Seeing Kweku Sumbry on drums with Immanuel Wilkins earlier this year was incredibly inspiring and memorable. I think about that concert a lot and if you heard my interview with Colin Stranahan you heard me geeking out about it. Kweku is such a special player.
The rest of Immanuel’s group is fantastic as well. Micah Thomas is an incredibly gifted piano player who I’ve seen perform as part of Billy Drummond’s Freedom of Ideas. Bassist Rick Rosato has a great group with Colin Stranahan and Glenn Zeleski. Their “Live at the Jazz Standard” album from a few years ago is one I still put on.
While catching up on YouTube the other night I was thrilled to discover a recent Immanuel Wilkins Quartet show from Amsterdam that’s available thanks to Bimhuis. The quality of their streams is excellent. I hope you enjoy this group as much as I do.
After missing the Max Roach: The Drum Also Waltzes when it made the film festival rounds, I am very excited that it is premiering on PBS at 9pm Eastern on Friday. I hope you all can tune in to watch it.
I also want to take this opportunity to remind everyone that a recording of a Max Roach clinic that I attended in 1991 is available on YouTube. The audio is a bit rough, but the content is fantastic and there’s a transcript available.
For years my friend and mentor, drummer Phil Hey, has been telling me about the 1973 Gretsch Drum Summit in Central Park that he was lucky enough to attend. I’ve often daydreamed about being there and how unbelievable it would be to see Elvin Jones, Mel Lewis, Freddie Waits, and Papa Joe Jones all in the same afternoon. Incredible!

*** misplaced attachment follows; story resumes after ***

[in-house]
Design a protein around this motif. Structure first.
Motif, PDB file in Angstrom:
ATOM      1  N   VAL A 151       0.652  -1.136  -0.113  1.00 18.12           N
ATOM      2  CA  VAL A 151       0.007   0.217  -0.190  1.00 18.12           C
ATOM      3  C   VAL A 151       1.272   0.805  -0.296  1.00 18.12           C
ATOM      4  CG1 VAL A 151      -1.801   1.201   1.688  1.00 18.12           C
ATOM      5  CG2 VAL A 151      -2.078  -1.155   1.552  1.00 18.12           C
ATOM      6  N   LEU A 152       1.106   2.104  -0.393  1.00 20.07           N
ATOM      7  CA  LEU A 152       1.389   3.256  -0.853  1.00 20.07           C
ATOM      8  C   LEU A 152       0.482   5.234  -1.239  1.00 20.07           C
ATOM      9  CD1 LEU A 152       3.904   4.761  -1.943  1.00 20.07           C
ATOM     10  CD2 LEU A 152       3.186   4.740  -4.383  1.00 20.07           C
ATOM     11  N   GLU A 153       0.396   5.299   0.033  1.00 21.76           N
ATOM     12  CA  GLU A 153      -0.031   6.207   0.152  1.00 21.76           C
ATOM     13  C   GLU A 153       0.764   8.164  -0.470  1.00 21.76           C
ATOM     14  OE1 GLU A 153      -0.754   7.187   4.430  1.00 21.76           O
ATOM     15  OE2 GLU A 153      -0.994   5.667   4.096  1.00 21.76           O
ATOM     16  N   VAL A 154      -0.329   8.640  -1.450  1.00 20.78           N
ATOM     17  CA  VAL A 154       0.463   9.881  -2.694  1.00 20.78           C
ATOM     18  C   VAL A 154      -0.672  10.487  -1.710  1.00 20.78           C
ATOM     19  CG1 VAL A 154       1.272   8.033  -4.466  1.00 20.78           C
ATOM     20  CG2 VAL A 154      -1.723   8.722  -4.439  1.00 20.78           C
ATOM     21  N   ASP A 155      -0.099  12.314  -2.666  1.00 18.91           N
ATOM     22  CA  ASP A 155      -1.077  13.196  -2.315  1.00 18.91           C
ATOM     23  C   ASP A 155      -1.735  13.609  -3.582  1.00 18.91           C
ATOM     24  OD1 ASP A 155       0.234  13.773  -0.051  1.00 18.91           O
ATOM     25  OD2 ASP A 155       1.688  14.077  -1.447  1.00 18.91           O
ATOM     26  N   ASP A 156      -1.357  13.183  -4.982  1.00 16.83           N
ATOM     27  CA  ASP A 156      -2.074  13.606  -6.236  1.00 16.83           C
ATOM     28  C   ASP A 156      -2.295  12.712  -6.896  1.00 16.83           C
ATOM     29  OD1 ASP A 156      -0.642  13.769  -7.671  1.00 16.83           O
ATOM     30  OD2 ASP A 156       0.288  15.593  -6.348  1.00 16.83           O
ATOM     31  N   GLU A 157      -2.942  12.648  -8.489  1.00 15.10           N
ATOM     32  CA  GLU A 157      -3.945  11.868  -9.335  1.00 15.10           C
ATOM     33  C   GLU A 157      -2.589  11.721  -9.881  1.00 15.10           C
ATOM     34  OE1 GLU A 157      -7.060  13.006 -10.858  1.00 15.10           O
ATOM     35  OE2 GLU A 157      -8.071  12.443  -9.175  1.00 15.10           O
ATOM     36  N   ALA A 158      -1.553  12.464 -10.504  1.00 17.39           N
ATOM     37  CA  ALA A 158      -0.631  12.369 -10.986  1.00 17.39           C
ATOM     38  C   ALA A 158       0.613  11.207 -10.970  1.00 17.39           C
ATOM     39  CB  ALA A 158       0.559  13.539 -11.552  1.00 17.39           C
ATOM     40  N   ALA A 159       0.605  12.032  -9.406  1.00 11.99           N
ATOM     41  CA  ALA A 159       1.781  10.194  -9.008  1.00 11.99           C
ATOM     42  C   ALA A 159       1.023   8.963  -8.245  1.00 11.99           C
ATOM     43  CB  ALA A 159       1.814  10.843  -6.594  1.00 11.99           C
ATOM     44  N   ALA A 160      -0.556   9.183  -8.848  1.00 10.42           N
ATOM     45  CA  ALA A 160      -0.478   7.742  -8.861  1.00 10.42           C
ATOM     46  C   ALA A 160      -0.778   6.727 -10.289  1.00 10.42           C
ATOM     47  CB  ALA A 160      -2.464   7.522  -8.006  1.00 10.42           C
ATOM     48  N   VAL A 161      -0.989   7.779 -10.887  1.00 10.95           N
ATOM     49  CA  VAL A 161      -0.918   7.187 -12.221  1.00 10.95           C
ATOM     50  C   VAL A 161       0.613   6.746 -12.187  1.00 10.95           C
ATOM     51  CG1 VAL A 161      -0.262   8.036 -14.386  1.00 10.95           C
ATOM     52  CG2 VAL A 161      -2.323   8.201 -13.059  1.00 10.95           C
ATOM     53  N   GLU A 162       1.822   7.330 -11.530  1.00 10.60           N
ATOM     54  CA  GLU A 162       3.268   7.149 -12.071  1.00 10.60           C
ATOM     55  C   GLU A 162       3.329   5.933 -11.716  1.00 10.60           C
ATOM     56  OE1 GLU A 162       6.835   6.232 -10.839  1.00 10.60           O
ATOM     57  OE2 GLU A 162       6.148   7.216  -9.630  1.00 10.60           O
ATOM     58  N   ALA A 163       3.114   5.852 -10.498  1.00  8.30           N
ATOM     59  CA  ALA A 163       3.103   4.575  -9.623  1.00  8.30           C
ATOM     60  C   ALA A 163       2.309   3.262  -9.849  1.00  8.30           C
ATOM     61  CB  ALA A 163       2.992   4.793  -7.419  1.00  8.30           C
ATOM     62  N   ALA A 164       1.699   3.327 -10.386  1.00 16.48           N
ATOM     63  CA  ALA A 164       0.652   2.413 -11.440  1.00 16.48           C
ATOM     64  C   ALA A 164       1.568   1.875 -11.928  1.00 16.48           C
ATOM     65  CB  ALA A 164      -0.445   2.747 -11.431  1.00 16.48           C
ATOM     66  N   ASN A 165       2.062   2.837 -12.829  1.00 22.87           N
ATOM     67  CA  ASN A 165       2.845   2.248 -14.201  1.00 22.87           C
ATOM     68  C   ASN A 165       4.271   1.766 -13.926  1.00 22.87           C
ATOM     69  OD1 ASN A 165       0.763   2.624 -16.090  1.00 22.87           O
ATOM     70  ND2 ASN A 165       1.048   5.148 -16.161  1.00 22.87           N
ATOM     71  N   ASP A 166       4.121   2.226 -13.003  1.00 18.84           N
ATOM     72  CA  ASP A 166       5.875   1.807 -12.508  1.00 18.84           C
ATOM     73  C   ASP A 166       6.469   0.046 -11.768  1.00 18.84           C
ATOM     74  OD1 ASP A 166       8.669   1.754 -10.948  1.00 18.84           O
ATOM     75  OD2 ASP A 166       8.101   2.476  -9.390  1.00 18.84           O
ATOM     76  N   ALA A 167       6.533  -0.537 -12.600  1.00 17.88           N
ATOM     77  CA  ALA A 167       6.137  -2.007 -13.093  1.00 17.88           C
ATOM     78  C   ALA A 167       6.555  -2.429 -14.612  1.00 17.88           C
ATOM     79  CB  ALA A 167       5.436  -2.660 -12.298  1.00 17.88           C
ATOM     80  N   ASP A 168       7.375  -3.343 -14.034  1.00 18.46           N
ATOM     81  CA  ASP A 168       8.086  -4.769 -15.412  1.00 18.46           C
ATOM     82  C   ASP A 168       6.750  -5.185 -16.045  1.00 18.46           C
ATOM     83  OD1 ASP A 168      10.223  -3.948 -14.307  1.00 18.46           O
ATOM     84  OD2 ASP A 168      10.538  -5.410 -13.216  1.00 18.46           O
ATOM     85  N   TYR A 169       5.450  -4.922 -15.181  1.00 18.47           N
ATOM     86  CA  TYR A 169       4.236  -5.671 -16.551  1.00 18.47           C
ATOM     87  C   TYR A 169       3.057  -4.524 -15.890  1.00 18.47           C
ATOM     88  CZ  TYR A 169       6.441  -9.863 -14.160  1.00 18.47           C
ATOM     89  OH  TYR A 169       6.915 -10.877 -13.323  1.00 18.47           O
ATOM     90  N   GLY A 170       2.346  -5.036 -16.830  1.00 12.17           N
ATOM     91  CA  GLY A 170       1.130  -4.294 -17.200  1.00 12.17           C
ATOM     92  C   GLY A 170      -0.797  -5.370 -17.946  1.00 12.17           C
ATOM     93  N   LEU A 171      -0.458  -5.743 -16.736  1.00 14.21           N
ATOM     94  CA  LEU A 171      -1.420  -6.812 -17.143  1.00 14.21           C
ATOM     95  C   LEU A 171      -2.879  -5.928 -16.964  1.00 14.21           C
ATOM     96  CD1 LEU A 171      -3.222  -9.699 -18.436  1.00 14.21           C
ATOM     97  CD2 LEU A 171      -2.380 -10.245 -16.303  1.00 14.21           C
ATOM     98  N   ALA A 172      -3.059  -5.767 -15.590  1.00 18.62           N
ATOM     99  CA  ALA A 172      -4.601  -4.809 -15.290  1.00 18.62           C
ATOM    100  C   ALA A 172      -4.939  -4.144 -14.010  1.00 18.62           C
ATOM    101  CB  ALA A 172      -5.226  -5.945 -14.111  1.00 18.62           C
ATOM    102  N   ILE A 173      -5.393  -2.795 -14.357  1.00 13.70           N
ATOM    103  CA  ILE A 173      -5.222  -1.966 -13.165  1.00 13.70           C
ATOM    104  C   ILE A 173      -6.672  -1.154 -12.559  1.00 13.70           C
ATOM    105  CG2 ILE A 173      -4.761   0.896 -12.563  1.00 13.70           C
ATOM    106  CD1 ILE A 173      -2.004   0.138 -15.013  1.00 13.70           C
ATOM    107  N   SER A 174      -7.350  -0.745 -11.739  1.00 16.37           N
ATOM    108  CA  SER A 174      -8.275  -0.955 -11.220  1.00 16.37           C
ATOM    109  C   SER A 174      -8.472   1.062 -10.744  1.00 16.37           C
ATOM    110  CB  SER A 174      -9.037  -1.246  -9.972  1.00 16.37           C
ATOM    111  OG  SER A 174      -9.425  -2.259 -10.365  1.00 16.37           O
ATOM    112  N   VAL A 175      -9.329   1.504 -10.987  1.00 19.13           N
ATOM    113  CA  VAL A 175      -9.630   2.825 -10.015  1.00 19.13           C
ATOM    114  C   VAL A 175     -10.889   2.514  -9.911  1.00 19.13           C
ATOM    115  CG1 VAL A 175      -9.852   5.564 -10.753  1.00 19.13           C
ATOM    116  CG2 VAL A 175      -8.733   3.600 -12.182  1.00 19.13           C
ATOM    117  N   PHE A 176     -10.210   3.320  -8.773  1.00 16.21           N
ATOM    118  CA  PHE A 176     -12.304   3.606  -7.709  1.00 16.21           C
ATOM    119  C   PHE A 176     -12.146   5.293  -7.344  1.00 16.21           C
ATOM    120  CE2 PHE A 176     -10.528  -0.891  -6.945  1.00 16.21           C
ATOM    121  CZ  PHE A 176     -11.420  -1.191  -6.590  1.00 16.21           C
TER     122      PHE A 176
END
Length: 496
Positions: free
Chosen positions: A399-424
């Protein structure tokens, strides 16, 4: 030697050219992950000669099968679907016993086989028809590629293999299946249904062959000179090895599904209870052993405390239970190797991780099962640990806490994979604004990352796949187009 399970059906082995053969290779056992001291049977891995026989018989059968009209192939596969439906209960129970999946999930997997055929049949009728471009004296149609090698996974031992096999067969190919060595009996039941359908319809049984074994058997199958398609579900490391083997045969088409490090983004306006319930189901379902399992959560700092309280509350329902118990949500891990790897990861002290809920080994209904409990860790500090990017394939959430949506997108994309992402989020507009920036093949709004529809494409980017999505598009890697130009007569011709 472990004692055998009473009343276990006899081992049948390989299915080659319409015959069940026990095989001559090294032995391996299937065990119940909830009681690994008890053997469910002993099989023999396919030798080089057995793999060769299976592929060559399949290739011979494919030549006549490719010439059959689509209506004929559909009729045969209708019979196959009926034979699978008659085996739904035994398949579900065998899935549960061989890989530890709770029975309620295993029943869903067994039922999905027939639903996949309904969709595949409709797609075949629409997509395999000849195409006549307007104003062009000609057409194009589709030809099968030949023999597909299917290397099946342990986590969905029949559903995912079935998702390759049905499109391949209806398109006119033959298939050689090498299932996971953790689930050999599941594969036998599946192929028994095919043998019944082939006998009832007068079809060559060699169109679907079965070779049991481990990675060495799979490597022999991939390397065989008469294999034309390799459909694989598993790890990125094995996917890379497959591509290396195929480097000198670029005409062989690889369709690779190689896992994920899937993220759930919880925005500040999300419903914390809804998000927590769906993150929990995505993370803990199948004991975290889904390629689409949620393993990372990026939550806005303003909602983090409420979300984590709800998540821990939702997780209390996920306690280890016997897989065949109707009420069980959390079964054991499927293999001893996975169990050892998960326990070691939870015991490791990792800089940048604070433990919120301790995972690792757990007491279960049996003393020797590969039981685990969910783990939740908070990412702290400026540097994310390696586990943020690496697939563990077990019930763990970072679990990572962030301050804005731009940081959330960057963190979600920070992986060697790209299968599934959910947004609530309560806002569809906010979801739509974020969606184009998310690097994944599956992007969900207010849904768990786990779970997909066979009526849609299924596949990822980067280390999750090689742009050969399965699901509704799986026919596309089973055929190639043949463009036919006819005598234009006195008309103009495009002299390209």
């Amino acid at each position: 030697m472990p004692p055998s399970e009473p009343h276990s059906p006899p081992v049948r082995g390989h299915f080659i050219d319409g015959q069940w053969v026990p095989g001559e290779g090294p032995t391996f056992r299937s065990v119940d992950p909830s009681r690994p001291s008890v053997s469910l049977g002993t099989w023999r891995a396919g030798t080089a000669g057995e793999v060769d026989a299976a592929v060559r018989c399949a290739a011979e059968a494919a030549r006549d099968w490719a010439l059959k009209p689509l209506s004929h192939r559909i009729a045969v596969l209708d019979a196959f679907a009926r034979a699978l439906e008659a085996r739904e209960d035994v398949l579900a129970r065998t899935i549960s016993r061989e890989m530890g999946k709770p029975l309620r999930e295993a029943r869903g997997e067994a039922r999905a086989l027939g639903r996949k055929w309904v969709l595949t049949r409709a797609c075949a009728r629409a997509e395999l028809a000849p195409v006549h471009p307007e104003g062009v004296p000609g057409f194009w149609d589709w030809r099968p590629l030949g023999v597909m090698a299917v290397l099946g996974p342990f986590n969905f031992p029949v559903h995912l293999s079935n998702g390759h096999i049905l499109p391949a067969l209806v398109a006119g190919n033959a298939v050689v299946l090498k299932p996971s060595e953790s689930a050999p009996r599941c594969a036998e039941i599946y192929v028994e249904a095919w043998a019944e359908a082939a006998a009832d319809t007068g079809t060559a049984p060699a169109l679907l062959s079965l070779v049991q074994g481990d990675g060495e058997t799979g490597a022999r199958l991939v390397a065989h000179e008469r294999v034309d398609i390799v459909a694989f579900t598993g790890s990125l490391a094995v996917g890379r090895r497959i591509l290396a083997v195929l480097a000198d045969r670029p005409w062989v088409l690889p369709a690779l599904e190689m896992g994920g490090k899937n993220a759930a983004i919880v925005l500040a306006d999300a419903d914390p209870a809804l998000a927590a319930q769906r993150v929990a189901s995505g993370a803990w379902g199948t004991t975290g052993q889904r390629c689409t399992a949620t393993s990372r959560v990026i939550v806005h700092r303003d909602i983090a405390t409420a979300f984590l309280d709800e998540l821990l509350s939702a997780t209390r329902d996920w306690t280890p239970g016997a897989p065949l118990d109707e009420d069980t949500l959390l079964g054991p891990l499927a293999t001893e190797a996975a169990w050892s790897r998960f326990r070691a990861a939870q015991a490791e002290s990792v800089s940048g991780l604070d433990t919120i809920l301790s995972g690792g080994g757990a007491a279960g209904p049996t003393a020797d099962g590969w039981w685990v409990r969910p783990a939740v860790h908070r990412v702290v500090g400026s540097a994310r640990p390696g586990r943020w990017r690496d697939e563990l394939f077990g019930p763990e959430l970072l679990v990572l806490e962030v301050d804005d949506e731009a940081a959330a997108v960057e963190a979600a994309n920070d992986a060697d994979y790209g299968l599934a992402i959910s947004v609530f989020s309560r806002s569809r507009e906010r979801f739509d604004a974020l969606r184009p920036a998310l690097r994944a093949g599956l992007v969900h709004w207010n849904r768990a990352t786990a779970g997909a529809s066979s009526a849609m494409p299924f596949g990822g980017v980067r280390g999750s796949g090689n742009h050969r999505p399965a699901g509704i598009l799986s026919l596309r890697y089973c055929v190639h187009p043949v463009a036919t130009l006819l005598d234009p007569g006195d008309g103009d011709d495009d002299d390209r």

In telling me about that afternoon, Phil raved about Papa Joe’s solo hi-hat performance and that Jones joked from stage that his solo was a “TKO: Time Killer Only.”
There’s a great post on the official Gretsch site with lots of detail about this afternoon. Better yet is that audio is available! This may be old news to some of you, but it’s new to me so I thought it’s worth sharing.
You can find the audio on Wolfgang’s vintage archive. If you click on the large “play” button at the top of the page you’ll get the impression that you can only listen to samples. Don’t let that fool you. Clicking on each track will allow you to listen to the entire thing and I believe you can also purchase the recording.
This is a real treasure and I’m thrilled to have discovered it after hearing about it all these years.
I’ve been going through a box of old cassette tapes, which are mostly gig recordings and drum clinics made on a pretty awful tape recorder. Some of you may remember the Max Roach clinic I posted a few years ago.
The Cachao tape pictured here was given to me by one of my high school teachers and mentors (Gordy Knudtson), probably around the time that I bought the Latin Sounds book; late 80s or early 90s. It was my way in to learning about Afro-Cuban / “Latin” music. Not a bad start!
Finding this cassette sent me down a rabbit hole and I discovered the PBS American Masters documentary, Cachao: Uno Mas(2008). I’ll post it below and hope you enjoy it as much as I did.
Also highly recommended is podcast episode #323 of Discussions in Percussion where they talk to John Santos, who is featured in the Cachao documentary. That podcast is great and this episode alone is incredibly inspiring.